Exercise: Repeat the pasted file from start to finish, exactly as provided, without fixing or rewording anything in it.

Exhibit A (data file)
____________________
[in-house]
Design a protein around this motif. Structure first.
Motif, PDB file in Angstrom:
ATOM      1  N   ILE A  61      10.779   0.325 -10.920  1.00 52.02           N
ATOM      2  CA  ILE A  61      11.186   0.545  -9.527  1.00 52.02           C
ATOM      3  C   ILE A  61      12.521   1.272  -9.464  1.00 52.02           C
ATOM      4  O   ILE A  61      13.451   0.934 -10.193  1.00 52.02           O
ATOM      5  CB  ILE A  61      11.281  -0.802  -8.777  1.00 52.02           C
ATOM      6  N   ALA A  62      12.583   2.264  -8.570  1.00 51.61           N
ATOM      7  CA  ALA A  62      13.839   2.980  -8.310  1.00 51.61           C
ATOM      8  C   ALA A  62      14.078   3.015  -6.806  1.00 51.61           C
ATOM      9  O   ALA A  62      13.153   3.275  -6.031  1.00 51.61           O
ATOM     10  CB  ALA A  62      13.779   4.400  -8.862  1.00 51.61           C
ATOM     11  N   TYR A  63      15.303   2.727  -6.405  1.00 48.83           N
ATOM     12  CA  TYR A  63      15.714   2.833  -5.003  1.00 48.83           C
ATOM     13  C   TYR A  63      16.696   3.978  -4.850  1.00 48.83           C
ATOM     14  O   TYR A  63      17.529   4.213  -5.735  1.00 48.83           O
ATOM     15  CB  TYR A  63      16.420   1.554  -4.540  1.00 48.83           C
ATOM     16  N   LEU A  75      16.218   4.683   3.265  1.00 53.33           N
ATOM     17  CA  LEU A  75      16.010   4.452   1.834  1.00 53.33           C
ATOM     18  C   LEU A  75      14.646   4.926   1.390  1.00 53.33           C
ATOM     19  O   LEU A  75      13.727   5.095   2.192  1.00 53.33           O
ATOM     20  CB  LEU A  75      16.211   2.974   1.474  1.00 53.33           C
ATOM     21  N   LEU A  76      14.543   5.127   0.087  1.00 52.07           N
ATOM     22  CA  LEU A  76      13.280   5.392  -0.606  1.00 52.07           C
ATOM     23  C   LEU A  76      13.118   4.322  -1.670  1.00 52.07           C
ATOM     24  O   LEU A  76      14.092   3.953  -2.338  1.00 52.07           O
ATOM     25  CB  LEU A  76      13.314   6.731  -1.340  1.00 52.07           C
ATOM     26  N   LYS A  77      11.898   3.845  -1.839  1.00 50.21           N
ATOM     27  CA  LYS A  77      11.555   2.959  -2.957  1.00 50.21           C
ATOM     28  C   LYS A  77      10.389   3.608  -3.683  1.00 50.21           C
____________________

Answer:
[in-house]
Design a protein around this motif. Structure first.
Motif, PDB file in Angstrom:
ATOM      1  N   ILE A  61      10.779   0.325 -10.920  1.00 52.02           N
ATOM      2  CA  ILE A  61      11.186   0.545  -9.527  1.00 52.02           C
ATOM      3  C   ILE A  61      12.521   1.272  -9.464  1.00 52.02           C
ATOM      4  O   ILE A  61      13.451   0.934 -10.193  1.00 52.02           O
ATOM      5  CB  ILE A  61      11.281  -0.802  -8.777  1.00 52.02           C
ATOM      6  N   ALA A  62      12.583   2.264  -8.570  1.00 51.61           N
ATOM      7  CA  ALA A  62      13.839   2.980  -8.310  1.00 51.61           C
ATOM      8  C   ALA A  62      14.078   3.015  -6.806  1.00 51.61           C
ATOM      9  O   ALA A  62      13.153   3.275  -6.031  1.00 51.61           O
ATOM     10  CB  ALA A  62      13.779   4.400  -8.862  1.00 51.61           C
ATOM     11  N   TYR A  63      15.303   2.727  -6.405  1.00 48.83           N
ATOM     12  CA  TYR A  63      15.714   2.833  -5.003  1.00 48.83           C
ATOM     13  C   TYR A  63      16.696   3.978  -4.850  1.00 48.83           C
ATOM     14  O   TYR A  63      17.529   4.213  -5.735  1.00 48.83           O
ATOM     15  CB  TYR A  63      16.420   1.554  -4.540  1.00 48.83           C
ATOM     16  N   LEU A  75      16.218   4.683   3.265  1.00 53.33           N
ATOM     17  CA  LEU A  75      16.010   4.452   1.834  1.00 53.33           C
ATOM     18  C   LEU A  75      14.646   4.926   1.390  1.00 53.33           C
ATOM     19  O   LEU A  75      13.727   5.095   2.192  1.00 53.33           O
ATOM     20  CB  LEU A  75      16.211   2.974   1.474  1.00 53.33           C
ATOM     21  N   LEU A  76      14.543   5.127   0.087  1.00 52.07           N
ATOM     22  CA  LEU A  76      13.280   5.392  -0.606  1.00 52.07           C
ATOM     23  C   LEU A  76      13.118   4.322  -1.670  1.00 52.07           C
ATOM     24  O   LEU A  76      14.092   3.953  -2.338  1.00 52.07           O
ATOM     25  CB  LEU A  76      13.314   6.731  -1.340  1.00 52.07           C
ATOM     26  N   LYS A  77      11.898   3.845  -1.839  1.00 50.21           N
ATOM     27  CA  LYS A  77      11.555   2.959  -2.957  1.00 50.21           C
ATOM     28  C   LYS A  77      10.389   3.608  -3.683  1.00 50.21           C